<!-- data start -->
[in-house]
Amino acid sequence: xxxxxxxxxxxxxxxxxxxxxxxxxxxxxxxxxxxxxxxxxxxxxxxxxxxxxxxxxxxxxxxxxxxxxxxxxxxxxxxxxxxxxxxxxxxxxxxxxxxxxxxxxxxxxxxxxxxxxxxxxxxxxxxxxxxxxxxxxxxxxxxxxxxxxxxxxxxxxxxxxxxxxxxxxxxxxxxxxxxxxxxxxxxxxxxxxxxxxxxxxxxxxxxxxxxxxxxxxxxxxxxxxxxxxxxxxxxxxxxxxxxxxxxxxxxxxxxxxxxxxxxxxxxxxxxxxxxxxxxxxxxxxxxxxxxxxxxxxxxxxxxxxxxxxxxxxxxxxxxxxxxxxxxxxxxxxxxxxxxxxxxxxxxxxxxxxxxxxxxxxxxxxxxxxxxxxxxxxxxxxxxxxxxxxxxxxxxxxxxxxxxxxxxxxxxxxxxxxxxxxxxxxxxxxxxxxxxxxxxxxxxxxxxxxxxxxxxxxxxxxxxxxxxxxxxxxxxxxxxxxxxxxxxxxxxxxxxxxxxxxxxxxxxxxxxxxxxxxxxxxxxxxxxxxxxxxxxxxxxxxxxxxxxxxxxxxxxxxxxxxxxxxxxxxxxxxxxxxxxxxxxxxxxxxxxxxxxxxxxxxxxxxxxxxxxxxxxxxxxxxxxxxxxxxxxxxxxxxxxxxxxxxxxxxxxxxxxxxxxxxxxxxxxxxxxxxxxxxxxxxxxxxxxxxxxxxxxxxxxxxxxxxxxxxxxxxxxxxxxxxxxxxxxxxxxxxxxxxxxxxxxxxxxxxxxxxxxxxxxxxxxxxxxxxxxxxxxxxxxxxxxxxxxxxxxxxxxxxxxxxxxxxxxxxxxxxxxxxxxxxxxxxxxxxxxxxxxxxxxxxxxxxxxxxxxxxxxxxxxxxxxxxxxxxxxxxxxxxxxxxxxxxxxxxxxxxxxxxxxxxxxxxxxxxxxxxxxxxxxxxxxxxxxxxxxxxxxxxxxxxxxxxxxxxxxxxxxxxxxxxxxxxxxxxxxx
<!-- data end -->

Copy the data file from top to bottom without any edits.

[in-house]
Amino acid sequence: xxxxxxxxxxxxxxxxxxxxxxxxxxxxxxxxxxxxxxxxxxxxxxxxxxxxxxxxxxxxxxxxxxxxxxxxxxxxxxxxxxxxxxxxxxxxxxxxxxxxxxxxxxxxxxxxxxxxxxxxxxxxxxxxxxxxxxxxxxxxxxxxxxxxxxxxxxxxxxxxxxxxxxxxxxxxxxxxxxxxxxxxxxxxxxxxxxxxxxxxxxxxxxxxxxxxxxxxxxxxxxxxxxxxxxxxxxxxxxxxxxxxxxxxxxxxxxxxxxxxxxxxxxxxxxxxxxxxxxxxxxxxxxxxxxxxxxxxxxxxxxxxxxxxxxxxxxxxxxxxxxxxxxxxxxxxxxxxxxxxxxxxxxxxxxxxxxxxxxxxxxxxxxxxxxxxxxxxxxxxxxxxxxxxxxxxxxxxxxxxxxxxxxxxxxxxxxxxxxxxxxxxxxxxxxxxxxxxxxxxxxxxxxxxxxxxxxxxxxxxxxxxxxxxxxxxxxxxxxxxxxxxxxxxxxxxxxxxxxxxxxxxxxxxxxxxxxxxxxxxxxxxxxxxxxxxxxxxxxxxxxxxxxxxxxxxxxxxxxxxxxxxxxxxxxxxxxxxxxxxxxxxxxxxxxxxxxxxxxxxxxxxxxxxxxxxxxxxxxxxxxxxxxxxxxxxxxxxxxxxxxxxxxxxxxxxxxxxxxxxxxxxxxxxxxxxxxxxxxxxxxxxxxxxxxxxxxxxxxxxxxxxxxxxxxxxxxxxxxxxxxxxxxxxxxxxxxxxxxxxxxxxxxxxxxxxxxxxxxxxxxxxxxxxxxxxxxxxxxxxxxxxxxxxxxxxxxxxxxxxxxxxxxxxxxxxxxxxxxxxxxxxxxxxxxxxxxxxxxxxxxxxxxxxxxxxxxxxxxxxxxxxxxxxxxxxxxxxxxxxxxxxxxxxxxxxxxxxxxxxxxxxxxxxxxxxxxxxxxxxxxxxxxxxxxxxxxxxxxxxxxxxxxxxxxxxxxxxxxxxxxxxxxxxxxxx